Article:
You Are Your Spice Cabinet - Guest Author Marisa Dobson
When I moved into my first apartment my senior year in college, I remember feeling liberated by all the space and the reality of my own genuine kitchen. No longer restricted by the microwaves and mini-fridges of dorm life, I set about preparing fresh simple meals. Outfitting my new kitchen was a hit or miss process. I would be in the midst of cooking up a storm - smoke alarm beeping, vegetables sizzling - and I would realize that I didn't have THE essential utensil. "My kingdom for a slotted spoon!" As a side note, I've finally found the perfect basting brush at Le Gourmet Chef at the Mall of America, about twenty minutes from my new home in Minneapolis.
What I always have had, however, is a spice collection. My father, the chef, had stocked my cabinet with a few must-haves for my first kitchen and they've been with me ever since. If you peek into my spice collection, you'll immediately see my towering 16 oz can of Old Bay. Old Bay is a classic seasoning consisting of: celery salt, mustard, red pepper, black pepper, bay leaves, cloves, allspice, ginger, mace, cardamom, and paprika. You'd recognize Old Bay as the dominant flavor in all Maryland seafood dishes, like steamed shellfish or cream of crab soup. Being a child of the Chesapeake, I couldn't go far without that seasoning.
My spice cabinet also sports the basics (basil, thyme, oregano), cilantro leaves, minced garlic and garlic powder, steak seasoning for my carnivorous dinner partner, kosher salt, and Worcestershire sauce. The latter is a definite must-have for households which consume hearty meat dishes. There are a few other exotics in there as well, such as curry powder, cumin, and dashi mix.
One could write a neat paperback from extrapolating from the spices in my cabinet. What's in your spice cabinet? What does it tell you about your cooking? Or, (gasp) about YOU? If you've just begun outfitting your first kitchen, or simply haven't a clue where to start, I've got a few suggestions.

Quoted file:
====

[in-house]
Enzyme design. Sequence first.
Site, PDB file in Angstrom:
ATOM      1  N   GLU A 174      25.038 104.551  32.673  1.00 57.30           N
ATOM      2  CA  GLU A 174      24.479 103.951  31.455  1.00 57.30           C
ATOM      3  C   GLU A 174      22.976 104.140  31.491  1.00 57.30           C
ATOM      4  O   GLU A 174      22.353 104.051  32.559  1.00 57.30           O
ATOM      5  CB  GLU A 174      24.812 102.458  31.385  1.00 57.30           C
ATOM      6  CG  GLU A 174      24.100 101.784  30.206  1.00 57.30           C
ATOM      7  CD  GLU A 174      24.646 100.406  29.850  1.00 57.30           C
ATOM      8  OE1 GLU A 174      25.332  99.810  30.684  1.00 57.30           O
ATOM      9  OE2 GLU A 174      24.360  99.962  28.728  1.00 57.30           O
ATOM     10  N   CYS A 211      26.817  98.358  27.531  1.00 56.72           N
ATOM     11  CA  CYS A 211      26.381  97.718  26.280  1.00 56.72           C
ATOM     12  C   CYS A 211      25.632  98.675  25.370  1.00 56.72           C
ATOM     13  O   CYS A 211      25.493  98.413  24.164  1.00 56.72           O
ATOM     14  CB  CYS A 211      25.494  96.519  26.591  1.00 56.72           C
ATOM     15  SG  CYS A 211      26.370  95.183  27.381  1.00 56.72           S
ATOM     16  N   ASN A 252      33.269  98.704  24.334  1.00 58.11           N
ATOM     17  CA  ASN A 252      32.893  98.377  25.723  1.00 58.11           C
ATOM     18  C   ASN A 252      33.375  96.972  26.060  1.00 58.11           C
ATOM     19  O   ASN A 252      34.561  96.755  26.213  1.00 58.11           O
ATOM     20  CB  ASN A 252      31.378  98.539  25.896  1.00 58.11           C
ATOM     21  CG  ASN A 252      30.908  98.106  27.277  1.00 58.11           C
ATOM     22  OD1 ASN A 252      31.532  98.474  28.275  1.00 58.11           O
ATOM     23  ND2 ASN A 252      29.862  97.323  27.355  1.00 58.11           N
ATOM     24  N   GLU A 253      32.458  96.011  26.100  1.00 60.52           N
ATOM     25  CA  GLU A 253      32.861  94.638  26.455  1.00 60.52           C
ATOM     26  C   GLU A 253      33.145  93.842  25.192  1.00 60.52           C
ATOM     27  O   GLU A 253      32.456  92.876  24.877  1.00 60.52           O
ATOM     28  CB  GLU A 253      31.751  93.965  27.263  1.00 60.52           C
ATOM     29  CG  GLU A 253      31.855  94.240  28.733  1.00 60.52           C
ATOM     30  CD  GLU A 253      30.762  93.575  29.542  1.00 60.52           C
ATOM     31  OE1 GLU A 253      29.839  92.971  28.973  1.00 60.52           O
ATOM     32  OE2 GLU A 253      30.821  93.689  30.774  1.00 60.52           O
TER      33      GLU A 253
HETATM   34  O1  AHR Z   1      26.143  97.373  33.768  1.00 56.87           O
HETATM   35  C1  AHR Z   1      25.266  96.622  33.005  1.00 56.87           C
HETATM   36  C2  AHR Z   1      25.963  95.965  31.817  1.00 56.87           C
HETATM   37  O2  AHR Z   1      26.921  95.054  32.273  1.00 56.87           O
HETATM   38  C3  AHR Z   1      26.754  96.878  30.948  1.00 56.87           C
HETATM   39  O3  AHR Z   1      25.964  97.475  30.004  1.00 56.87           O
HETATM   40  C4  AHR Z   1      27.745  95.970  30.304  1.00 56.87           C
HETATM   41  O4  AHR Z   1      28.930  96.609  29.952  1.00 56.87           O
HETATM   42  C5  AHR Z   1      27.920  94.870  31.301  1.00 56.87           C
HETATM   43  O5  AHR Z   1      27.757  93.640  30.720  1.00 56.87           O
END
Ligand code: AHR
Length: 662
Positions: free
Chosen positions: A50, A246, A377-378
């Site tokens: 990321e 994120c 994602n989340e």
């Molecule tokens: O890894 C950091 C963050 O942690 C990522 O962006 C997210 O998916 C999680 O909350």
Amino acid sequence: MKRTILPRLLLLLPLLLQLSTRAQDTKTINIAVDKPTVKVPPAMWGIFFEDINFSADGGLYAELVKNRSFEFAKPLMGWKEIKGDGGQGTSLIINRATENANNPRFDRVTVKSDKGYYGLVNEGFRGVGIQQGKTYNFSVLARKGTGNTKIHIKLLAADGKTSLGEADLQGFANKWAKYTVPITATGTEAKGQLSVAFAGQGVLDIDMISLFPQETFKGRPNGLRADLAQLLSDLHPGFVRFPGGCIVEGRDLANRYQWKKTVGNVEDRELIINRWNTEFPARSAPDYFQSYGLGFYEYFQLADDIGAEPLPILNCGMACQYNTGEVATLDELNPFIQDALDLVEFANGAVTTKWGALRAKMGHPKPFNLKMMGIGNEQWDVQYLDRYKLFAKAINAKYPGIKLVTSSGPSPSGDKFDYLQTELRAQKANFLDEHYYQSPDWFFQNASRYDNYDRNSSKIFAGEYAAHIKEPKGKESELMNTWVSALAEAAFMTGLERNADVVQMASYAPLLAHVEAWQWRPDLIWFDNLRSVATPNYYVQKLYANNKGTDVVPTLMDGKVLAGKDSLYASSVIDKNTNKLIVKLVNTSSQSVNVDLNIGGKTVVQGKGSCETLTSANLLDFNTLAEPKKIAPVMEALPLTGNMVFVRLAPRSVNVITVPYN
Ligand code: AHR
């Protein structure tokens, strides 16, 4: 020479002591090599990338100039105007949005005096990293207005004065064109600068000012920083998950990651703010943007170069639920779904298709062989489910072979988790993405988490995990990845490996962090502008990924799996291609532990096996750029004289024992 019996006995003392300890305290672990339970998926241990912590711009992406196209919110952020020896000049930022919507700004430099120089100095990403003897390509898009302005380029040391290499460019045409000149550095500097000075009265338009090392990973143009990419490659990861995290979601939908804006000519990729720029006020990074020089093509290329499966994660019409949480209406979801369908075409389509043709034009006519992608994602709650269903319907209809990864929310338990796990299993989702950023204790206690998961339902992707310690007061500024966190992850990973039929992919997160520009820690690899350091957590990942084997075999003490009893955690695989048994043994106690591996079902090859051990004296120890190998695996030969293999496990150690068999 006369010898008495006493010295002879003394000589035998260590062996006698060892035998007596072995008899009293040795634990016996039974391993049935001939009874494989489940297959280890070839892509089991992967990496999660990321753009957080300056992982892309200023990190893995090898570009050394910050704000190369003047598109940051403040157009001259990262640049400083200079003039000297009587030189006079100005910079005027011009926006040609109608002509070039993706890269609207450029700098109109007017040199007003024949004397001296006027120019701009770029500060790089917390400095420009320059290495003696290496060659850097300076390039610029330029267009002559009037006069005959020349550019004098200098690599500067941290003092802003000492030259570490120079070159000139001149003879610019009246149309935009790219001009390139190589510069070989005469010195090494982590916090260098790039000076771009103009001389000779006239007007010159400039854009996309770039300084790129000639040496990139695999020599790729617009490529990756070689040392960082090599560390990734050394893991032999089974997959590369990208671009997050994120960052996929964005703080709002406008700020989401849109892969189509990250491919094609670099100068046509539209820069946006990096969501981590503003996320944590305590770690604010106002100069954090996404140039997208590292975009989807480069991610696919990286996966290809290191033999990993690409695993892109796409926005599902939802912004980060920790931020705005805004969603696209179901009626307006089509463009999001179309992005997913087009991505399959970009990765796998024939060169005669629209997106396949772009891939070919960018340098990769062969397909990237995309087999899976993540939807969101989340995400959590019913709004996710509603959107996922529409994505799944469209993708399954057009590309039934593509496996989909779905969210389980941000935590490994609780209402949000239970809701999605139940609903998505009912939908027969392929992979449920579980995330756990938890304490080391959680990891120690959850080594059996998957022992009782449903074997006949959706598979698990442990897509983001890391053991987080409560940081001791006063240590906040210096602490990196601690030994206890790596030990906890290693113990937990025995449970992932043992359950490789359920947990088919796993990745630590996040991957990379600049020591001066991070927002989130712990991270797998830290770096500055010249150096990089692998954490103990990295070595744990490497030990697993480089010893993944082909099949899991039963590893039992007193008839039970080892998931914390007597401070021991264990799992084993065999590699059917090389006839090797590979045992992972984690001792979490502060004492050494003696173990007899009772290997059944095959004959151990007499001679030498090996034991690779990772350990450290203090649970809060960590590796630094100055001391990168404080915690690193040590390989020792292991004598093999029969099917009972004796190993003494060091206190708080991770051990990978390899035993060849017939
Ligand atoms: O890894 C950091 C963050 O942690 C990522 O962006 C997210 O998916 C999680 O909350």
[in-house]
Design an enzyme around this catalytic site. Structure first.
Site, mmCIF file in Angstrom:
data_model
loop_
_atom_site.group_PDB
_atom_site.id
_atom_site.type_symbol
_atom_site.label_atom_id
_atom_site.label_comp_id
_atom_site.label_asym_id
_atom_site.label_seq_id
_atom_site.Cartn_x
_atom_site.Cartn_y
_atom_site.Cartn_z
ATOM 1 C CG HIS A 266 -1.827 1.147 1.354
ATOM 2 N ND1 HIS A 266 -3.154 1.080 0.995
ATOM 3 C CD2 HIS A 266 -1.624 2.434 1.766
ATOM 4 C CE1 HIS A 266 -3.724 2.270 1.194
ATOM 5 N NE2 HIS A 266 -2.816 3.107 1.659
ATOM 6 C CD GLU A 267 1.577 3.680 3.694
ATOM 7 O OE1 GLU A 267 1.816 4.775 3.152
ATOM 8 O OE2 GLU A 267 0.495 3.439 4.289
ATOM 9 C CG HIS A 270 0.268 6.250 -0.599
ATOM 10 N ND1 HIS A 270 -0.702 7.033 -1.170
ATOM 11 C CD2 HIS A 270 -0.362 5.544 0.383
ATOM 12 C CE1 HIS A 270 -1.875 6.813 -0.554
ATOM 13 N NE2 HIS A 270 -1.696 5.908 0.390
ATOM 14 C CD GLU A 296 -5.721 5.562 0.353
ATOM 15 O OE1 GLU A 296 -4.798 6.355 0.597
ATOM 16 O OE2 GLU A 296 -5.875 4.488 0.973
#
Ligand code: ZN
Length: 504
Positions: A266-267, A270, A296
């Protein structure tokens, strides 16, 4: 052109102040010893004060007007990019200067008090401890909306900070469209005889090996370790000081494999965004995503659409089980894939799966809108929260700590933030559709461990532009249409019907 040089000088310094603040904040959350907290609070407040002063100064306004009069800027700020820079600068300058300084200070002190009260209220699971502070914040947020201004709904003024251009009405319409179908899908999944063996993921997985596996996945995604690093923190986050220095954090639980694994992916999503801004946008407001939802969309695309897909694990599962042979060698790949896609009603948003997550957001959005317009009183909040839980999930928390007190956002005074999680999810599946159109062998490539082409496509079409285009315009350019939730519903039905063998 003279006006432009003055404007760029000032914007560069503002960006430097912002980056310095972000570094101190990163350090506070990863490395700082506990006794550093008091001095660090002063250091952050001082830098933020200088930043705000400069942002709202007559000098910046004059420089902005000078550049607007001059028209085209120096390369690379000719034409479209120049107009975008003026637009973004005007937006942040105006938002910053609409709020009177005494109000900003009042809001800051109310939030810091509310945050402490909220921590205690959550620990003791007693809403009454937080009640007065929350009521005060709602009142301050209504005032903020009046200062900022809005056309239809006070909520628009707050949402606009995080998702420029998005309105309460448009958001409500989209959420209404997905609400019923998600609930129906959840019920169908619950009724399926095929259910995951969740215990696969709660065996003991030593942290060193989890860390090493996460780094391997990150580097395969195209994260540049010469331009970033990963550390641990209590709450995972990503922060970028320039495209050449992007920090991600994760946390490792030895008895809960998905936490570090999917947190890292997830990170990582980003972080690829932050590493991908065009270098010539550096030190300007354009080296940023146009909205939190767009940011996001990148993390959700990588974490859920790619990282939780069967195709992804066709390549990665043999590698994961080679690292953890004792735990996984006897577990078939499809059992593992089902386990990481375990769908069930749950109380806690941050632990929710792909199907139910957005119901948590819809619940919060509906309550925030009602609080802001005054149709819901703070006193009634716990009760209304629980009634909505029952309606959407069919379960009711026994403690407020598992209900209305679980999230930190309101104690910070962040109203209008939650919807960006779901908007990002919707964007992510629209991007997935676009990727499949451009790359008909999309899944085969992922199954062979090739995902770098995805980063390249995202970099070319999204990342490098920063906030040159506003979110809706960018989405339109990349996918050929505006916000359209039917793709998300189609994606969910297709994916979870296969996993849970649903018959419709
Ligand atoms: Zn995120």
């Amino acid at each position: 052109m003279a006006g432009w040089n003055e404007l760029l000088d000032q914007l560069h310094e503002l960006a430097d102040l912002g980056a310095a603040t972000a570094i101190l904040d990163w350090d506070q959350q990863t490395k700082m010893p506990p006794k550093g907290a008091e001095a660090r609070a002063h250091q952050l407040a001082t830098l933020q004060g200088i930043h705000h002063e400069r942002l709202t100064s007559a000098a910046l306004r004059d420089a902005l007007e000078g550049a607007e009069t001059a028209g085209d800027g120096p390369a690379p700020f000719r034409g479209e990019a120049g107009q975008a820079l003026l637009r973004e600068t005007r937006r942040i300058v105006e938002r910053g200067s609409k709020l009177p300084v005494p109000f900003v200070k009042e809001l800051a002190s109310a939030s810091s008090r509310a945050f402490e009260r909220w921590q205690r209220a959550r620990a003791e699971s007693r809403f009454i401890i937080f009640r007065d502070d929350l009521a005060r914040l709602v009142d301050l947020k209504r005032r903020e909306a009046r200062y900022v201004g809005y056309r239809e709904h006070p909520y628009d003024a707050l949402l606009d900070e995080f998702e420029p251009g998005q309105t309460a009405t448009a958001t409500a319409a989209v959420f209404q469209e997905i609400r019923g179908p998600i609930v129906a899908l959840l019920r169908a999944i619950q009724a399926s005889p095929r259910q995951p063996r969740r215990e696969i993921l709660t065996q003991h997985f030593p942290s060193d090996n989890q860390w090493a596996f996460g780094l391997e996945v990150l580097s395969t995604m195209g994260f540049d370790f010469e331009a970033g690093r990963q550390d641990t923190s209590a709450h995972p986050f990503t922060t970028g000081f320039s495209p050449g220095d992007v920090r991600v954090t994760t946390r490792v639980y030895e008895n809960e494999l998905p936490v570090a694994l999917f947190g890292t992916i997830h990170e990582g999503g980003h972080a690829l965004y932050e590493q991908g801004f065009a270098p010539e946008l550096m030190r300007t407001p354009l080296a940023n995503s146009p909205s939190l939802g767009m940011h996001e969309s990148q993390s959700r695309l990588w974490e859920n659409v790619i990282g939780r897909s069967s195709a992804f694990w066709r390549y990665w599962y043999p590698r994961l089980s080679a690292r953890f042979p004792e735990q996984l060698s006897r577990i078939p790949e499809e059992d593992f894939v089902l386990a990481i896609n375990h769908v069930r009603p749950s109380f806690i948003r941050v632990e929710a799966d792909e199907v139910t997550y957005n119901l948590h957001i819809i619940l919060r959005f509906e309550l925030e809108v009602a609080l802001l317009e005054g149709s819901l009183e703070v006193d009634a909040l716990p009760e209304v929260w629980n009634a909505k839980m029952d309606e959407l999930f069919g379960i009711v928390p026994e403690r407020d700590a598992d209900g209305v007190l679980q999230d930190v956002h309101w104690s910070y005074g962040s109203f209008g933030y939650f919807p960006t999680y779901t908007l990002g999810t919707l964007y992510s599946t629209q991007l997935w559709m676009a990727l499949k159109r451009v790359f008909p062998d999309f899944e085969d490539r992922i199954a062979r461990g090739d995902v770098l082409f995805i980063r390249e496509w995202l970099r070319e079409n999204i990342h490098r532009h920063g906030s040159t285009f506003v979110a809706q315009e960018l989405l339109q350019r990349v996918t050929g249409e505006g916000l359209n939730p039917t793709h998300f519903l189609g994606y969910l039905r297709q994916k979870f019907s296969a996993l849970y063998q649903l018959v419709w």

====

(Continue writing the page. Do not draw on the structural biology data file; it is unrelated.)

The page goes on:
All spice racks should include: Basil, Thyme, Black Pepper, Onion Powder, Granulated Garlic, and Salt (preferably not the iodized stuff, get a coarser flavorful salt for seasoning). If you're a little more adventurous, I would also suggest red pepper flakes (if only to spice up leftover pizza), chili powder, ground mustard, and oregano.
Here's an interesting article I've just read in the Twin Cities City Pages about
artisanal salts. Great Chefs know it: quality salts add taste and texture. Spices bring out the soul of a dish, so don't be contented with the unassuming and predictable flavor of salt and pepper. There are always new offerings at your local grocery. And, if you don't feel like investing the $6 per bottle (McCormick style) which might end up sitting full for years in your cabinet, then head to the bulk product section and weigh out a bunch of samples. You will feel a trifle scandalous running home with loads of little unmarked baggies, but your dinner later that night is sure to be all the better for it.
Call for HELP!
Yours truly, the newbie gourmand is facing the prospect of preparing her first Thanksgiving dinner. Any tips, recipe suggestions, or funny stories not to be emulated, please drop a note here.
A word from your editor:
A couple of additional spice notes:
Spice blends make great hostess gifts or stocking stuffers. I wrote about a Cajun spice blend in Suite101's tribute to New Orleans series. It's getting to be gumbo weather!
October is Fair Trade month and I found two terrific products that add sophistication to your spice cabinet and also support Fair Trade:
Learn about exotic black peppercorns and Divine Sonoran Oregano.